play a more central role in the global response. Although the world
    would still have a limited capacity to manufacture influenza vaccine,
    techniques that could allow scientists to get multiple doses from a
    current single dose may increase the supply. In addition to further
    research on this issue, efforts are needed to ensure the availability
    of syringes and equipment for delivering vaccine. There must also be
    an international plan for how the vaccine would be allocated. It is
    far better to struggle with the ethical issues involved in determining
    such priorities now, in a public forum, rather than to wait until the
    crisis occurs.

    Prevention must also be improved. Priority should be placed on early
    intervention and risk assessment. And an aggressive and comprehensive
    research agenda must be launched immediately to study the ecology and
    biology of the influenza virus and the epidemiologic role of various
    animal and bird species.


    If developed countries begin to transform radically the current system
    of influenza-vaccine production, an influenza pandemic ten years from
    now could have a much less devastating outcome. The industrialized
    world must initiate an international project to develop the ability to
    produce a vaccine for the entire global population within several
    months of the start of a pandemic. The initiative must be a top
    priority of the group of seven industrialized nations plus Russia
    (G-8), because almost nothing could inflict more death and disruption
    than a pandemic influenza.

    The current BioShield law and additional legislation recently
    submitted to Congress will act to enhance the availability of vaccines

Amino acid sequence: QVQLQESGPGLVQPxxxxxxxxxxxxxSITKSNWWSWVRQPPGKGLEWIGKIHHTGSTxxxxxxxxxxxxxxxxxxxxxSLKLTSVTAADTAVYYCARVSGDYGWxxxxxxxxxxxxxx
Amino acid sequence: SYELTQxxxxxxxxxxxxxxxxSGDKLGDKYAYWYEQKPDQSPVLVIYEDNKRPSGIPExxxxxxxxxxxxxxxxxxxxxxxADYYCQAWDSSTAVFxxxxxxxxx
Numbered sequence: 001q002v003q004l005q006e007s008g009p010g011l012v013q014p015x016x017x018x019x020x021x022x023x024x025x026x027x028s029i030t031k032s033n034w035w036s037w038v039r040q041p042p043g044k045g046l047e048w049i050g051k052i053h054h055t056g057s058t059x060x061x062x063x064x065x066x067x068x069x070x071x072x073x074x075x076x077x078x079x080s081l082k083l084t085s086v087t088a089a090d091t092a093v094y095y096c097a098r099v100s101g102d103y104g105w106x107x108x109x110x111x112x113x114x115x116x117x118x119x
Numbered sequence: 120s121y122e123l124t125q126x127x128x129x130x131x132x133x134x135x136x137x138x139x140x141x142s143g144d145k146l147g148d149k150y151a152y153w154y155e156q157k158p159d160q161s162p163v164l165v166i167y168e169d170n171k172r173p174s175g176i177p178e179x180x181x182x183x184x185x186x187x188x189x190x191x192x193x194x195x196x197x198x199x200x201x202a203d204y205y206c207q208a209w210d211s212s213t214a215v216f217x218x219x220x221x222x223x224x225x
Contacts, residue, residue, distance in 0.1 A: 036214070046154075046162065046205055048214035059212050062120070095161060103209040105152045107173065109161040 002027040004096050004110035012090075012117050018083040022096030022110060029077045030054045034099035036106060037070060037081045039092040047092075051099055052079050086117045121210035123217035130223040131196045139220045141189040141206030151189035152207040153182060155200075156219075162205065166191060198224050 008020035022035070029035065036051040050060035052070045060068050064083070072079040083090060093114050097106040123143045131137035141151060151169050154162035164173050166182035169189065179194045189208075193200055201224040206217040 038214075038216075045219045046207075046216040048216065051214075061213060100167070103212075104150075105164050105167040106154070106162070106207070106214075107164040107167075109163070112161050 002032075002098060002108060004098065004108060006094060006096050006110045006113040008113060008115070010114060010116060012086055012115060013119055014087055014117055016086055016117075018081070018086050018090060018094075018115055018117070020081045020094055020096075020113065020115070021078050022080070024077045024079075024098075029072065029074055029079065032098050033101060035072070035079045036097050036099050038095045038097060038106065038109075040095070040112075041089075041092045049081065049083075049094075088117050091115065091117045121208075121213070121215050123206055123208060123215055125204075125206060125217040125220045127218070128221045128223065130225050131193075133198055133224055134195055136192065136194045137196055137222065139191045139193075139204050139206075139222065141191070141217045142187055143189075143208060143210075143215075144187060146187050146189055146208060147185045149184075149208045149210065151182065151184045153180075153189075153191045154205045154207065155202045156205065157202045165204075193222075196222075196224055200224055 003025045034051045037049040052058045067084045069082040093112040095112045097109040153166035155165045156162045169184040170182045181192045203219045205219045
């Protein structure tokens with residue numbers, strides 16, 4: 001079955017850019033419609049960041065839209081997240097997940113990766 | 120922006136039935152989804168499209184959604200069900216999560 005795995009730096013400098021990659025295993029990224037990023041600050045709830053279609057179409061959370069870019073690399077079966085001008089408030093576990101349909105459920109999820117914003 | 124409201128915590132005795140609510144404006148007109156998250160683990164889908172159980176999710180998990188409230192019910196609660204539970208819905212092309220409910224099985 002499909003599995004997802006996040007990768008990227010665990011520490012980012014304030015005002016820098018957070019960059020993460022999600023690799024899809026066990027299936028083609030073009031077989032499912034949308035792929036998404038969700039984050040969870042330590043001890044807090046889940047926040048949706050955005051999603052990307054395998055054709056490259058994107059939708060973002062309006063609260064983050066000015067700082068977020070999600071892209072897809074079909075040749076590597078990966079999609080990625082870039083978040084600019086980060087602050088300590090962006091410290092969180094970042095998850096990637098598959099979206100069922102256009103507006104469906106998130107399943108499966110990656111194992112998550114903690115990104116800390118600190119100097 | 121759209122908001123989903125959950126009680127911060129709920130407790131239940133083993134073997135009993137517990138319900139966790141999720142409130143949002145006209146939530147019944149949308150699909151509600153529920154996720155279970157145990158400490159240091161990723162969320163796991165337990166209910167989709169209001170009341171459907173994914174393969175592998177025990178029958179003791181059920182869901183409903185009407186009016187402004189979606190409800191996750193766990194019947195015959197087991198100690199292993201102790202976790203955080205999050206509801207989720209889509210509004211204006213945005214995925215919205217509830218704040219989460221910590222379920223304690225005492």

in the United States. This aim is laudable, but it does little to
    address international needs. The ultimate goal must be to develop a
    new cell-culture vaccine or comparable vaccine technology that works
    on all influenza subtypes and that can be made available on short
    notice to all the people of the world.


    The world must form a better understanding of the potential for the
    emergence of a pandemic influenza strain. A pandemic is coming. It
    could be caused by H5N1 or by another novel strain. It could happen
    tonight, next year, or even ten years from now.

    The signs are alarming: the number of human and animal H5N1 infections
    has been increasing; small clusters of cases have been documented,
    suggesting that the virus may have come close to sustained
    human-to-human transmission; and H5N1 continues to evolve in the
    virtual genetic reassortment laboratory provided by the unprecedented
    number of people, pigs, and poultry in Asia. The population explosion
    in China and other Asian countries has created an incredible mixing
    vessel for the virus. Consider this sobering information: the most
    recent influenza pandemic, of 1968-69, emerged in China, when its
    population was 790 million; today it is 1.3 billion. In 1968, the
    number of pigs in China was 5.2 million; today it is 508 million. The
    number of poultry in China in 1968 was 12.3 million; today it is 13
    billion. Changes in other Asian countries are similar. Given these
    developments, as well as the exponential growth in foreign travel over
    the past 50 years, an influenza pandemic could be more devastating
    than ever before.

    Can disaster be avoided? The answer is a qualified yes. Although a
    coming pandemic cannot be avoided, its impact can be considerably
    lessened. It depends on how the leaders of the world -- from the heads
    of the G-8 to local officials -- decide to respond. They must
    recognize the economic, security, and health threat that the next
    influenza pandemic poses and invest accordingly. Each leader must
    realize that even if a country has enough vaccine to protect its
    citizens, the economic impact of a worldwide pandemic will inflict
    substantial pain on everyone. The resources required to prepare
    adequately will be extensive. But they must be considered in light of
    the cost of failing to invest: a global world economy that remains in
    a shambles for several years.

    This is a critical point in history. Time is running out to prepare
    for the next pandemic. We must act now with decisiveness and purpose.
    Someday, after the next pandemic has come and gone, a commission much
    like the 9/11 Commission will be charged with determining how well
    government, business, and public health leaders prepared the world for
    the catastrophe when they had clear warning. What will be the verdict?